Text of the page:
Cameron - Keio University

B. Arts
Semester 2, 2015

Academic experience

During my exchange I mostly studied Japanese courses. I also had the opportunity to study courses about Japanese art, history, and anthropology. I mostly wanted to improve my Japanese and the Keio Japanese Program is great for that. I studied in the pre-designed course program which I can recommend if you would like to improve your Japanese intensively rather than choosing subjects from the main course list (this will all make sense when you get to Keio).

The workload could be stressful at times and I had a few bumps initially with the amount of tani (credits). I ended up dropping a few but overall it's still worth continuing your exchange and sticking it out.

Personal experience

Thanks to my exchange I was able to make a lot of friends from other countries and even other Australian students who I wouldn't have been able to meet otherwise. A lot of people say you should only try and make friends with the locals during your stay to get the most out of your time, but I think you also sometimes need to be able to speak with people who understand your own culture and share your experiences in terms you both understand. If you focus too much on constantly immersing yourself you can't reflect on your own positive/negative experiences and you will probably feel alienated in a foreign country. Basically, try not to restrict yourself to hanging out with one group of people, the Japanese people are lovely but your exchange student friends will support you too! I also learned a lot of skills during exchange like how to manage my time better and also getting into the habit of cooking and cleaning more!


I lived in a dormitory belonging to Keio called Motosumiyoshi Residence. Even though it's a bit far from Mita campus where most students study, I really liked it because the overall location is good and all of the rooms are self-contained so living there is really comfortable and convenient. If you'd like to stay here I would say you definitely need to make a reservation fast through the Keio Online Dormitory System (I was refreshing at the registration time). A lot of my friends said they missed out because they didn't register fast enough!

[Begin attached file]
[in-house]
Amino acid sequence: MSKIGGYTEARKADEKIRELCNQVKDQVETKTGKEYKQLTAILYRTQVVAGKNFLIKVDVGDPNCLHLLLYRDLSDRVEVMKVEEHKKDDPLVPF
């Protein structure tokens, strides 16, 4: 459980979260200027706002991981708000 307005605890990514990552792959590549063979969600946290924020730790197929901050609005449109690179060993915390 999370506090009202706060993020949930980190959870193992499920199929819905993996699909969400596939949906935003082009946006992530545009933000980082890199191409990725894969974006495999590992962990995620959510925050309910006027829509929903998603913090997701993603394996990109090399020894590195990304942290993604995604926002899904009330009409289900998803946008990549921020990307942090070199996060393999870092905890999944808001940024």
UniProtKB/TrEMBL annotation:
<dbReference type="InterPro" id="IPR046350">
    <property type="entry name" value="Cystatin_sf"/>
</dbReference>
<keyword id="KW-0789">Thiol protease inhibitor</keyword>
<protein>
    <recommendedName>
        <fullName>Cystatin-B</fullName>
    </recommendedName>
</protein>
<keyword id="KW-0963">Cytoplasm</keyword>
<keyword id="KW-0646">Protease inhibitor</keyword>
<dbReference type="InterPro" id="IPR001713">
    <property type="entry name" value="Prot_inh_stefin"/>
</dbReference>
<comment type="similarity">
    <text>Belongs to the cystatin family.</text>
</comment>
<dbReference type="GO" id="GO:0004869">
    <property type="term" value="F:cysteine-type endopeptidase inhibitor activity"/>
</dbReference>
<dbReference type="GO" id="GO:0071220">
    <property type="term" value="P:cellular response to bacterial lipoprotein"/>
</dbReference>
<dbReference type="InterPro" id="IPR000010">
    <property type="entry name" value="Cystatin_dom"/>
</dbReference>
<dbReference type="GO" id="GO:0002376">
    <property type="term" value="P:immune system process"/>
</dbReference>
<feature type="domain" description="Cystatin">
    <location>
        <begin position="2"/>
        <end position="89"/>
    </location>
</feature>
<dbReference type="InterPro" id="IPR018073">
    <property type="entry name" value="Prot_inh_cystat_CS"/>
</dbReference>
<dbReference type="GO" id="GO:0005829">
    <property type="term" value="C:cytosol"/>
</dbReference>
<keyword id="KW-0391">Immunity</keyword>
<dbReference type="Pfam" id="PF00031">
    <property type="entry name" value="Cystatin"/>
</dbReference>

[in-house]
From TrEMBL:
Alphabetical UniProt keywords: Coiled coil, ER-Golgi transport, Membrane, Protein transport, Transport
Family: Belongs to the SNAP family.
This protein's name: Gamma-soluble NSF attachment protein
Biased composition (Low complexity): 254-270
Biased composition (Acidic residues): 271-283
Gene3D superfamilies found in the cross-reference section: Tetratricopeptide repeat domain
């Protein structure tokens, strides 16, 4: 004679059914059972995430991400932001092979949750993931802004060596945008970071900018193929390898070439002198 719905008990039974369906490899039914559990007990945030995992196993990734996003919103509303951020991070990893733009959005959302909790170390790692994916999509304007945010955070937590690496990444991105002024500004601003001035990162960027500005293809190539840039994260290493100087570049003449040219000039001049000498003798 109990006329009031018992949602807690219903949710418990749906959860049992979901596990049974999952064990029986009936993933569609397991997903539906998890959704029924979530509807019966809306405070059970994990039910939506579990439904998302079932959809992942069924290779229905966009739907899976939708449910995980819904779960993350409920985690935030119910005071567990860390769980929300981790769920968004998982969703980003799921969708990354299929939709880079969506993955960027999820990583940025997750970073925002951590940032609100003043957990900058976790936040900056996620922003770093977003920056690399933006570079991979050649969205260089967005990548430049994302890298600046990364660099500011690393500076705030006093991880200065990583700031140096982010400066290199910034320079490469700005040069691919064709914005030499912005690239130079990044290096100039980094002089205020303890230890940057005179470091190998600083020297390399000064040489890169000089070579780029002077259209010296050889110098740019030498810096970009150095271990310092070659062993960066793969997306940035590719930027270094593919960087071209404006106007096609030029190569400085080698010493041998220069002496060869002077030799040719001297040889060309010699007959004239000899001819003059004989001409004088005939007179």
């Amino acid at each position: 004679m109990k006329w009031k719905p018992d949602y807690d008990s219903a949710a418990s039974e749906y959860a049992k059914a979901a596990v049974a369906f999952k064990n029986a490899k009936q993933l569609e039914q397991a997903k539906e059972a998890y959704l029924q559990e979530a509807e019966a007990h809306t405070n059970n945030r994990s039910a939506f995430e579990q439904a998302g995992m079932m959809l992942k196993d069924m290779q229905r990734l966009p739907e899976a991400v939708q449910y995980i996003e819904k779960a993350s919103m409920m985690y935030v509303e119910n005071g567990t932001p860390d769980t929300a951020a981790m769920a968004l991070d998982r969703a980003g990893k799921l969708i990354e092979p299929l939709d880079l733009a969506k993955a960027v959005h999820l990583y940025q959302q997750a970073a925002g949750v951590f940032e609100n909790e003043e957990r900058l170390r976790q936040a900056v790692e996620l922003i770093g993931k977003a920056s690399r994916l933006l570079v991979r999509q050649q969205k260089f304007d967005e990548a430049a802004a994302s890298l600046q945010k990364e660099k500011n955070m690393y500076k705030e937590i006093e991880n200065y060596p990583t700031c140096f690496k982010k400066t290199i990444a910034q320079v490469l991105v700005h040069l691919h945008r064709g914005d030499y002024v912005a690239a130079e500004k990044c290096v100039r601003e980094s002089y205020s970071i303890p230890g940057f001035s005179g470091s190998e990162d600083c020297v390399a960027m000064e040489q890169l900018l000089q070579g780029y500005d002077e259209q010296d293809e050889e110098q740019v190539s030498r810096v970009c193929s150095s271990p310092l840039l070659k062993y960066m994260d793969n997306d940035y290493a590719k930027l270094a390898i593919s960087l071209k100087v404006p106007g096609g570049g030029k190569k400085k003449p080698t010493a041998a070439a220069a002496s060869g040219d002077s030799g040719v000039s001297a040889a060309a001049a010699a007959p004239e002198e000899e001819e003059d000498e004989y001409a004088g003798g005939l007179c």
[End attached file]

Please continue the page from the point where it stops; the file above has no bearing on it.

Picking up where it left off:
Japan is pretty cheap and the rent is made less expensive if you live in university dorms and affiliated accommodation because you're a student. In terms of transport, once you get your student ID you can get a teiki-ken which is roughly 30% cheaper than using your PASMO card on the train. A teiki-ken is a temporary commuter pass for students and workers which you can use as many times as you want so the more you travel the more you save. 3 months is about 20,000 yen ($240-250 assuming the exchange rate is around 80 yen to the dollar). Entertainment and such is also not expensive but if you go out a lot you will notice the money dwindling. Make sure you monitor your money!

Professional development and employability

Obviously improving my Japanese is one of the main skills I developed which will contribute to my professional development, but even really simple things like time management (i.e. not procrastinating) will really help me in the future.


The highlight of my experience was definitely all the people! Also stepping out of my comfort zone. I thought I knew a lot about Japan and Japanese but the truth is you don't really know anything until you've lived somewhere and used the language every day.

One of my highlights was also working as an assistant teacher in an English class at Keio. It was a really good opportunity to work part-time in Japan and earn some money, but I was able to meet and talk with a lot of Japanese students who I wouldn't normally have met in my Japanese language classes. I only went once a week but if you don't have to, I really recommend not getting a part-time job. You don't want to look back at your exchange and realise you didn't have fun because you were too busy earning the minimum wage!

Top tips

My advice to other students would be to come for 2 semesters and not 1! Also, make the most of it and travel if you can. Exchange is really what you make of it and there are sometimes difficulties but the amount of fun, positive experiences make it so worthwhile!

Cameron - Keio University